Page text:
I have been in touch recently with Pete Humphreys, son of the man who brought Roaring Emma, the sporting writer James Wentworth Day’s 140- year old magnum 8 bore Joseph Lang, back to England. Pete is an all- round sportsman himself and heir to a rich heritage, especially in wildfowling, and a font of what may seem to be arcane lore to an American.
Americans, when they think of England, usually picture “driven” shoots and reared pheasants, using guns that cost as much as my house; more a rarefied and difficult mixture of farming and a shooting game than a communion with the wild. English coastal wildfowling, with its big guns and more egalitarian nature, is less familiar. In England, punt guns were for adventurers and romantics, not poachers or market hunters*; the possibility of a big shot was balanced by the difficulty of stalking birds on open water and the danger of going out on winter seas in a kayak- like craft, armed with a cannon that might weigh over 100 pounds. Some seasons you might get only one or two good shots; in Colin Willock’s book The Gun-Punt Adventure, published in 1958 and covered in my new book on sporting books, his first season’s best shot was all of seven birds!
My old friend John “Johnny UK” Hill says it well: “… long may a few, specialist, intrepid ‘fowlers ply the wild estuaries around the UK!… I have seen them depart from [wildfowler, conservationist, and artist] Peter Scott’s lighthouse at Sutton Bridge, and later return, counting them back like old time aircraft, as if the weather changes, it can be a very dangerous activity. Local knowledge of tides, sandbanks and weather is crucial, [though] mobile phones and improved rescue services have mediated the modern day risk a little!” In a crowded island, the edge of the sea is still the edge of wilderness, danger, and adventure.
If you simply look at a punt gun you can see it is big, but how big? The one illustrated in the post below– here is a shot from the gunner’s perspective– is one of three DOUBLE punt guns made by Holland and Holland, this one in 1900; it weighs 250 pounds and shoots twenty ounces of shot from each barrel.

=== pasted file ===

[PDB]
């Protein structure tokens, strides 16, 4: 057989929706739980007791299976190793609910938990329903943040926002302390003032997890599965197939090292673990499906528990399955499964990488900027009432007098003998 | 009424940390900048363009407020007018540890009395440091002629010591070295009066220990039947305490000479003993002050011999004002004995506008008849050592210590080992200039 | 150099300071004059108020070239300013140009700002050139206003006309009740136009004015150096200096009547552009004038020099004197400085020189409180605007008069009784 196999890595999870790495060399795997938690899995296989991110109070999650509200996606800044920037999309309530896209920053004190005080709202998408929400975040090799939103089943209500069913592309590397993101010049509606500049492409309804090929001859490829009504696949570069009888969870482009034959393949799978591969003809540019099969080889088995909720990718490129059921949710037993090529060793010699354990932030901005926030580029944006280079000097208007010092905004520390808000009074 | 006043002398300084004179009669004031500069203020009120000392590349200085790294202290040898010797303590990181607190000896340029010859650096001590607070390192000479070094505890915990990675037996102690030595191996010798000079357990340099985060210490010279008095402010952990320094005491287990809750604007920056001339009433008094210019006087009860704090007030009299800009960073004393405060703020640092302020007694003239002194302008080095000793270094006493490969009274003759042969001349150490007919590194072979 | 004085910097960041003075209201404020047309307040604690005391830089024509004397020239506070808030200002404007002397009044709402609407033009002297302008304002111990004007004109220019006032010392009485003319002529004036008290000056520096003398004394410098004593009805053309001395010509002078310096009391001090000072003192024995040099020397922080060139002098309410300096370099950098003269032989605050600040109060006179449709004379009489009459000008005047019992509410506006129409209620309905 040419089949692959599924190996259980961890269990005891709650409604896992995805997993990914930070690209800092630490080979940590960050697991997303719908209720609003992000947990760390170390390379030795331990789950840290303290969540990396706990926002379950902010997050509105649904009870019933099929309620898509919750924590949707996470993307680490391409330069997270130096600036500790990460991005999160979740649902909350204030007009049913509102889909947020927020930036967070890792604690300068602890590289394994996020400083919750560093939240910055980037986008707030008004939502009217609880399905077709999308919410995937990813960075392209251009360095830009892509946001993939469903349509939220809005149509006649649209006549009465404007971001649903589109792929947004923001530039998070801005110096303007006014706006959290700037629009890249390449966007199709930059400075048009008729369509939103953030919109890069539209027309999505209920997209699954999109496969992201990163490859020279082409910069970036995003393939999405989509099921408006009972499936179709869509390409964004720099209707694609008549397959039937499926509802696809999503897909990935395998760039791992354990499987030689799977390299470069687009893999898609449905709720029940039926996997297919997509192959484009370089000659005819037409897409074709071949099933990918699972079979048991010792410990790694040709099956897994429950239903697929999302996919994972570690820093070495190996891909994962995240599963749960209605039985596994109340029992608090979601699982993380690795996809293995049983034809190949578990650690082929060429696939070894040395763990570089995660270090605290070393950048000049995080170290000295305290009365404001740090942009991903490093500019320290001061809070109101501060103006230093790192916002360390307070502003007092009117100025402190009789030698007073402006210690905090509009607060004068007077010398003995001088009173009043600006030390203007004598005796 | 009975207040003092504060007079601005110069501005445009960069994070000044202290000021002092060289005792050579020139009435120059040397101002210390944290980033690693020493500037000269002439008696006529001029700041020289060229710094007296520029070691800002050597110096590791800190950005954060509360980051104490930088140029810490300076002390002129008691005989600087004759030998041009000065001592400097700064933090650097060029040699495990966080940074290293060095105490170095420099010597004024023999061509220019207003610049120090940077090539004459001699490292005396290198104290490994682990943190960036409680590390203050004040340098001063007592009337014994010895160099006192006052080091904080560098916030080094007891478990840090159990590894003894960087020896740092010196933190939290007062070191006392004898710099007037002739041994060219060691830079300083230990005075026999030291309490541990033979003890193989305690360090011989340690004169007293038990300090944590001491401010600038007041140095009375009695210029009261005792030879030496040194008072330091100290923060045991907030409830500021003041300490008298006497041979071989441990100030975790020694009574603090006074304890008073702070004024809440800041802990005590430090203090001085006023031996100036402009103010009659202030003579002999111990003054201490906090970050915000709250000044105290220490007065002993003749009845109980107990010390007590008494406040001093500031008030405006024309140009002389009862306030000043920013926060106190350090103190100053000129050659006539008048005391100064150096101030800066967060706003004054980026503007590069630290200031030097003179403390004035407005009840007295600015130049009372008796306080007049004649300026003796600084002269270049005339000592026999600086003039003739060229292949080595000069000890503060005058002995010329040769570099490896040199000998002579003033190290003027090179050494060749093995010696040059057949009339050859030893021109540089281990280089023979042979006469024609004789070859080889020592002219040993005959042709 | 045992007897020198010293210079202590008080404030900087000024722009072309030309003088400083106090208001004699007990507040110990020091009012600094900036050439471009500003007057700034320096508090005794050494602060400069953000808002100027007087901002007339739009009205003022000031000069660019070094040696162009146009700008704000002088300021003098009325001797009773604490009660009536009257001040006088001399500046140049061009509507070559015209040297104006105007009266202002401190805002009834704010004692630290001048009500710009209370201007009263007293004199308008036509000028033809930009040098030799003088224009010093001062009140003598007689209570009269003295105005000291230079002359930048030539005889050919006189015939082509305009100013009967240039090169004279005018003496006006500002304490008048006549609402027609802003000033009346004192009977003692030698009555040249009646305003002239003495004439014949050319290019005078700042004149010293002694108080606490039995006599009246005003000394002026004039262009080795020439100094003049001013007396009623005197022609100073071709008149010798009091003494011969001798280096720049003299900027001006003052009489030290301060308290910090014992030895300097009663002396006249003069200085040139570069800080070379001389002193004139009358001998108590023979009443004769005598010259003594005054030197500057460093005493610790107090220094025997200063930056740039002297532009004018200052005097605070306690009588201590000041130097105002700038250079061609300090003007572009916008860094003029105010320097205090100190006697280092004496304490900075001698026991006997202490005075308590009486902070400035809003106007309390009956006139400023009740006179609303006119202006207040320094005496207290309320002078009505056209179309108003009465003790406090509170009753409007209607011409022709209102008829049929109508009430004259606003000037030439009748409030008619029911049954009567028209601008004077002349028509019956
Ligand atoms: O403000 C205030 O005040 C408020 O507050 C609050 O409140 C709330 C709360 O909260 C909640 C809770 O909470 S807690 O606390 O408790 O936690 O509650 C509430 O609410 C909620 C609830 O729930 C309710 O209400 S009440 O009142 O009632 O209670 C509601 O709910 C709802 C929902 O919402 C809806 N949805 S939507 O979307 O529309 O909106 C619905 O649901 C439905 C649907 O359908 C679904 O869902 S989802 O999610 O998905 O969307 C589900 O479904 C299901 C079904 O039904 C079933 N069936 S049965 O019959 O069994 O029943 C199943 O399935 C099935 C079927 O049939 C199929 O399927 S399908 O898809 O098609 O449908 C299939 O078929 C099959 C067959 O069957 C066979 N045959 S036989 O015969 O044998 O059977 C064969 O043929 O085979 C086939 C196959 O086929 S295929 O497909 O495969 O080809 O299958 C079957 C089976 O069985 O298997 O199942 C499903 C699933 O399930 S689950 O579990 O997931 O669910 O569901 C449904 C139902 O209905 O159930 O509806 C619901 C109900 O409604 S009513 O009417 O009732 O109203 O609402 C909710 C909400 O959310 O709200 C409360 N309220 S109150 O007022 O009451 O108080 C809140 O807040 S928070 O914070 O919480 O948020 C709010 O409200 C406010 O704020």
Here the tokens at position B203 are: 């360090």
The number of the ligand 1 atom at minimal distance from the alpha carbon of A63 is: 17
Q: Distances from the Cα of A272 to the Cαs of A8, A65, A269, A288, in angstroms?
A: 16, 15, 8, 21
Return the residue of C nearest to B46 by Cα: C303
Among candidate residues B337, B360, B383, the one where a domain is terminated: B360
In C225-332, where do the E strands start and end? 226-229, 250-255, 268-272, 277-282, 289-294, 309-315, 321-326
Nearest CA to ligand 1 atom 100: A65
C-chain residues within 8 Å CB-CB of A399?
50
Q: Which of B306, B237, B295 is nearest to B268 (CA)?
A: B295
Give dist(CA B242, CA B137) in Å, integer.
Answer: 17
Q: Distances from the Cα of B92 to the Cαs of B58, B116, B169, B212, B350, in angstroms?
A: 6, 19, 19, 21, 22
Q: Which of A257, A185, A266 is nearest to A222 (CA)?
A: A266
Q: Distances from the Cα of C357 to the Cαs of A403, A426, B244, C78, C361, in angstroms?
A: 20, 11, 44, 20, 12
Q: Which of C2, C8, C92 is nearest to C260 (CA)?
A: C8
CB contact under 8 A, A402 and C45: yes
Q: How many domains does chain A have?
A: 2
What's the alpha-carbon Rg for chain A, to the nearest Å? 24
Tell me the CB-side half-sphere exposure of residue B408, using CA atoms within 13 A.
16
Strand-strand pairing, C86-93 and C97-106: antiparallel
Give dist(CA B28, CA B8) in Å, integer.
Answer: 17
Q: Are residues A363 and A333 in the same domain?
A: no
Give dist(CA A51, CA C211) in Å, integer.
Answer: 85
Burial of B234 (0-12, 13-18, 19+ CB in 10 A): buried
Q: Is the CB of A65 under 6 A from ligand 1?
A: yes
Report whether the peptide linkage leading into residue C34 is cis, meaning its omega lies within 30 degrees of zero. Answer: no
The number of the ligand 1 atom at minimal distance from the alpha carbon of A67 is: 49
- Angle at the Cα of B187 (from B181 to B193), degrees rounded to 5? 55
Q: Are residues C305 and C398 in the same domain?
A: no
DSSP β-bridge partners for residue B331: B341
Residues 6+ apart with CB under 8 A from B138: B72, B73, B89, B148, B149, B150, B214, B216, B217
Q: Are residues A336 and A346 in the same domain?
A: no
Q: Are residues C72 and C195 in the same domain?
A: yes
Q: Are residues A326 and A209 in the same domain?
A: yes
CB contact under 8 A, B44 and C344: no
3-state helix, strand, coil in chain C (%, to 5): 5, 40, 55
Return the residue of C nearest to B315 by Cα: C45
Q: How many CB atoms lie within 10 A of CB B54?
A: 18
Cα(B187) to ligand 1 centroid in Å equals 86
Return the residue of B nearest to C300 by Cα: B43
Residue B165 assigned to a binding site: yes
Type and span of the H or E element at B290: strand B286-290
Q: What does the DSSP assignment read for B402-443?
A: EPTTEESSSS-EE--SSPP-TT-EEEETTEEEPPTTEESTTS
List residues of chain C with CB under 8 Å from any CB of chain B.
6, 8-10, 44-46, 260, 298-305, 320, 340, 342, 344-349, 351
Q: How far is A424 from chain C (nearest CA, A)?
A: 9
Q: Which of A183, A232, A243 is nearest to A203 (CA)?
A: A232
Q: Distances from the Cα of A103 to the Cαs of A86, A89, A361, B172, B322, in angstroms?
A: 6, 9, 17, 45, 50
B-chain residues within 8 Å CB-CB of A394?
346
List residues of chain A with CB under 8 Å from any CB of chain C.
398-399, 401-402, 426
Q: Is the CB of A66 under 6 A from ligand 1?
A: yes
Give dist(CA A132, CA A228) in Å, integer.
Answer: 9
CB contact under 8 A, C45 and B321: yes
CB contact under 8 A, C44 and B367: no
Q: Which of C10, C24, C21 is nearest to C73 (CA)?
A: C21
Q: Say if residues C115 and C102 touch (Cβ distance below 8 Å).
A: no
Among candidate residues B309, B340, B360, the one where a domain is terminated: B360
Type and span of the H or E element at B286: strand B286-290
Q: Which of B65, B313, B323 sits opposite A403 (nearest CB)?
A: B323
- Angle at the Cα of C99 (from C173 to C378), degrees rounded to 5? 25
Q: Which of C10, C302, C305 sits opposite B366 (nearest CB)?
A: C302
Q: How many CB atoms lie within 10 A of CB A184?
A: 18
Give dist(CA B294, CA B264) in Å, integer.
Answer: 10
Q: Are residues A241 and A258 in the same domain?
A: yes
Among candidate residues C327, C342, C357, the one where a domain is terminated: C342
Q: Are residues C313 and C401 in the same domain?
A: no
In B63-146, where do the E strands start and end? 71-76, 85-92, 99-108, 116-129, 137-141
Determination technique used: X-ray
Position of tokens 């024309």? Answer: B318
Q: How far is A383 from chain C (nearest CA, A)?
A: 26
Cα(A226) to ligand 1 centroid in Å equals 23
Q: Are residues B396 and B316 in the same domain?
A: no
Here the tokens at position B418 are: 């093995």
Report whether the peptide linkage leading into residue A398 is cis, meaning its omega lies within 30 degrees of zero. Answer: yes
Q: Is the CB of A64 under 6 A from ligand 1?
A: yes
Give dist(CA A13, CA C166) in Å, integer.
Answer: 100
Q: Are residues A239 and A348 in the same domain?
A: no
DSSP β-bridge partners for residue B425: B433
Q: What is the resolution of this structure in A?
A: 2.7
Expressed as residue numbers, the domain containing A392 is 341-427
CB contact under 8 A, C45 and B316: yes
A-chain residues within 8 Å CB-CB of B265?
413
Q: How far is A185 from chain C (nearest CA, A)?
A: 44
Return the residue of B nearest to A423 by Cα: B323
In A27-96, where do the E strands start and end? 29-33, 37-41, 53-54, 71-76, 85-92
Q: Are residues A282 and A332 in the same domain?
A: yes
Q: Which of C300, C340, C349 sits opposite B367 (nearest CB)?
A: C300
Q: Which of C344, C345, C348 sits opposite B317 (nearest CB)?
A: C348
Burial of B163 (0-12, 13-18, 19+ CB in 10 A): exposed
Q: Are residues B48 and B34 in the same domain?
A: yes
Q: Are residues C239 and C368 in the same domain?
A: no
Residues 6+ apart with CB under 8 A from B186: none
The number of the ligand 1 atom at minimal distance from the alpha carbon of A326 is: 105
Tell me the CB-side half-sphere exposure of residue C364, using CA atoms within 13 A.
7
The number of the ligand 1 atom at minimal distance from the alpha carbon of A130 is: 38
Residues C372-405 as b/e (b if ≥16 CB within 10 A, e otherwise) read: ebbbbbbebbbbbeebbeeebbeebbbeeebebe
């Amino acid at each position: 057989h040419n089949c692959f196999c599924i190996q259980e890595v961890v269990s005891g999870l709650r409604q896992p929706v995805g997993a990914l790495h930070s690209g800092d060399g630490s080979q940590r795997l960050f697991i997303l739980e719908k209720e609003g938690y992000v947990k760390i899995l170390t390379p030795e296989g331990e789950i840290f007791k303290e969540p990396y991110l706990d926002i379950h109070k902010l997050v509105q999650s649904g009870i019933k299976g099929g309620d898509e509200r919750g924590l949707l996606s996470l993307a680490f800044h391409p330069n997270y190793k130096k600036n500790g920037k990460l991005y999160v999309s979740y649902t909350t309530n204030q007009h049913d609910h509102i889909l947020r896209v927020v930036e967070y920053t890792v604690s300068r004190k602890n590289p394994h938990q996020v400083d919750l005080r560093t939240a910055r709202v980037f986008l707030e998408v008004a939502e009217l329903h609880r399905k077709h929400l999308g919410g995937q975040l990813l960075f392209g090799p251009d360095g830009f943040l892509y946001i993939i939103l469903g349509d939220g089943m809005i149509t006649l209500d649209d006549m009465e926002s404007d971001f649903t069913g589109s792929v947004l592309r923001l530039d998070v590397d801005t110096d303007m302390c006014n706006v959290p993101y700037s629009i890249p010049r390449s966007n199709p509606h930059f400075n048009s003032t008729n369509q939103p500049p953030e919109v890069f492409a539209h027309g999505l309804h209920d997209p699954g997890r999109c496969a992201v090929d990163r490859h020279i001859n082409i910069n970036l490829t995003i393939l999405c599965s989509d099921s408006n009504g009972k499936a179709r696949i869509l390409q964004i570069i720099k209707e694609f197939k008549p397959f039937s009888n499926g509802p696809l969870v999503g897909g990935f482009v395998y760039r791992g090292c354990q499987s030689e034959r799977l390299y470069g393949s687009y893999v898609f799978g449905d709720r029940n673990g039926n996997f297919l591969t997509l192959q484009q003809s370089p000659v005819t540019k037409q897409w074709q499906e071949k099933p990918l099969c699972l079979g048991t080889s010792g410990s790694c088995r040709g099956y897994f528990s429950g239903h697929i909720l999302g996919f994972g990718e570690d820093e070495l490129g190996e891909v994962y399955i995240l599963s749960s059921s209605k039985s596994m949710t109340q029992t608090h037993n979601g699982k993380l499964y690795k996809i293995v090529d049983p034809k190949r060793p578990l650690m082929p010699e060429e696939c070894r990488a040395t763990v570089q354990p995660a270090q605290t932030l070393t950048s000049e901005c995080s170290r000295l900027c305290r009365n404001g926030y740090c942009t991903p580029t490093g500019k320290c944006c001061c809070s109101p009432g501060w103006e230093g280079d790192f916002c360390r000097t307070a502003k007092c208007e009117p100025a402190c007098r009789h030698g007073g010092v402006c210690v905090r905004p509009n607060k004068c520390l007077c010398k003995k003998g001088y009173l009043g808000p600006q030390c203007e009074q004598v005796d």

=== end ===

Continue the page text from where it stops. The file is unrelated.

Its owner also has a single- barreled Patstone with a 1 3/4 bore that shoots 32 ounces of BB’s with 5 of black powder! (They got one shot last year). The Holland is, like all of its maker’s products, something special, and has what may be a unique feature; according to Pete “The locks are set up so the 2 shots go off with a tiny delay… when the first barrel goes off, the gun lifts and the birds jump. The second barrel goes a split second later to shoot through the flock as it lifts.” Or at least this is the theory; I suspect getting such a shot is still a product ot determination, skill, and luck.
Below, some illos from the ninth Edition of Greener’s The Gun (1910), showing various punt gun actions. The last is a single H & H; put two side by side and you have an approximation of the one in the photos.
* Probably the greatest slaughter for commerce was accomplished with 12 bore repeaters rather than big guns. Browning patent autoloaders were favorites, though market hunters favored (prohibited) extended magazines. The number of birds rather than the nature of the tool was still the only factor that affected conservation, though I suppose banning a tool was not as stupid as, say, banning Italian immigrants ( a solution advocated along with banning Browning A5’s by the irascible William Hornaday).